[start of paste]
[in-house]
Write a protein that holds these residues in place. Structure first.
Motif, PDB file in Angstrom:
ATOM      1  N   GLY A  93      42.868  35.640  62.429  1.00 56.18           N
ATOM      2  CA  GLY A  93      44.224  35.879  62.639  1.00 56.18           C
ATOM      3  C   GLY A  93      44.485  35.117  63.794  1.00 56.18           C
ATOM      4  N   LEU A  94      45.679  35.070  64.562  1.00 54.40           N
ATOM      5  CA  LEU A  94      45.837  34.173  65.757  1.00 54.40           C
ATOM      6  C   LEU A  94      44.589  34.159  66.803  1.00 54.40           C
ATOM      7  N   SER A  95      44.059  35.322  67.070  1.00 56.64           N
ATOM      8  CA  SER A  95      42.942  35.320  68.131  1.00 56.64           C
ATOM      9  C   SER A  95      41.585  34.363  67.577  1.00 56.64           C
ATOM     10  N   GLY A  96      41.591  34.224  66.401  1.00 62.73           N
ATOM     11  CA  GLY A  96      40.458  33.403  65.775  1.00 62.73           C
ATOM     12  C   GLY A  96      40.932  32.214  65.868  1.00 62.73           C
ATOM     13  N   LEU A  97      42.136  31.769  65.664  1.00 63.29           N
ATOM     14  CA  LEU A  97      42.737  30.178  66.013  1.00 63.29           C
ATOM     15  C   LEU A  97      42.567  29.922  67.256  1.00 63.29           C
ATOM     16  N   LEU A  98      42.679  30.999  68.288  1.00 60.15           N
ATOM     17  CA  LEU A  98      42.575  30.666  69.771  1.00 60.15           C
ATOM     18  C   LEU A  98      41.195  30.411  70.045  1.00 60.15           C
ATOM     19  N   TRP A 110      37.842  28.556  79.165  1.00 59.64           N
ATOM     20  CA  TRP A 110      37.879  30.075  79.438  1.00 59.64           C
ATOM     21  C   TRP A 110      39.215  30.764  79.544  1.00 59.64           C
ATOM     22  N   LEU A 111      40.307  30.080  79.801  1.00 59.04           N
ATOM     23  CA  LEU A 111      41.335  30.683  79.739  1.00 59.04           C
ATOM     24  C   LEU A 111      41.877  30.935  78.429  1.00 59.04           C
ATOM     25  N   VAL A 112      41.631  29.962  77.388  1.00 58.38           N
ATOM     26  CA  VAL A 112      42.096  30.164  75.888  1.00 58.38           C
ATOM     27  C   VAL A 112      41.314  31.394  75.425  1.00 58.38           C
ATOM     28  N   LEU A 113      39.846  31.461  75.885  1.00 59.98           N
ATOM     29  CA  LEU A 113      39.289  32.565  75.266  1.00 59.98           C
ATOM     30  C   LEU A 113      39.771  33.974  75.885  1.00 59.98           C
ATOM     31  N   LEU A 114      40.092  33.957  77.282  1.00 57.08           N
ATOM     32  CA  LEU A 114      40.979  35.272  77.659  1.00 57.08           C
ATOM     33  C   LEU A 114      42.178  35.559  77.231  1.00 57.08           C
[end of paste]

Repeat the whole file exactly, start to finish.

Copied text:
[in-house]
Write a protein that holds these residues in place. Structure first.
Motif, PDB file in Angstrom:
ATOM      1  N   GLY A  93      42.868  35.640  62.429  1.00 56.18           N
ATOM      2  CA  GLY A  93      44.224  35.879  62.639  1.00 56.18           C
ATOM      3  C   GLY A  93      44.485  35.117  63.794  1.00 56.18           C
ATOM      4  N   LEU A  94      45.679  35.070  64.562  1.00 54.40           N
ATOM      5  CA  LEU A  94      45.837  34.173  65.757  1.00 54.40           C
ATOM      6  C   LEU A  94      44.589  34.159  66.803  1.00 54.40           C
ATOM      7  N   SER A  95      44.059  35.322  67.070  1.00 56.64           N
ATOM      8  CA  SER A  95      42.942  35.320  68.131  1.00 56.64           C
ATOM      9  C   SER A  95      41.585  34.363  67.577  1.00 56.64           C
ATOM     10  N   GLY A  96      41.591  34.224  66.401  1.00 62.73           N
ATOM     11  CA  GLY A  96      40.458  33.403  65.775  1.00 62.73           C
ATOM     12  C   GLY A  96      40.932  32.214  65.868  1.00 62.73           C
ATOM     13  N   LEU A  97      42.136  31.769  65.664  1.00 63.29           N
ATOM     14  CA  LEU A  97      42.737  30.178  66.013  1.00 63.29           C
ATOM     15  C   LEU A  97      42.567  29.922  67.256  1.00 63.29           C
ATOM     16  N   LEU A  98      42.679  30.999  68.288  1.00 60.15           N
ATOM     17  CA  LEU A  98      42.575  30.666  69.771  1.00 60.15           C
ATOM     18  C   LEU A  98      41.195  30.411  70.045  1.00 60.15           C
ATOM     19  N   TRP A 110      37.842  28.556  79.165  1.00 59.64           N
ATOM     20  CA  TRP A 110      37.879  30.075  79.438  1.00 59.64           C
ATOM     21  C   TRP A 110      39.215  30.764  79.544  1.00 59.64           C
ATOM     22  N   LEU A 111      40.307  30.080  79.801  1.00 59.04           N
ATOM     23  CA  LEU A 111      41.335  30.683  79.739  1.00 59.04           C
ATOM     24  C   LEU A 111      41.877  30.935  78.429  1.00 59.04           C
ATOM     25  N   VAL A 112      41.631  29.962  77.388  1.00 58.38           N
ATOM     26  CA  VAL A 112      42.096  30.164  75.888  1.00 58.38           C
ATOM     27  C   VAL A 112      41.314  31.394  75.425  1.00 58.38           C
ATOM     28  N   LEU A 113      39.846  31.461  75.885  1.00 59.98           N
ATOM     29  CA  LEU A 113      39.289  32.565  75.266  1.00 59.98           C
ATOM     30  C   LEU A 113      39.771  33.974  75.885  1.00 59.98           C
ATOM     31  N   LEU A 114      40.092  33.957  77.282  1.00 57.08           N
ATOM     32  CA  LEU A 114      40.979  35.272  77.659  1.00 57.08           C
ATOM     33  C   LEU A 114      42.178  35.559  77.231  1.00 57.08           C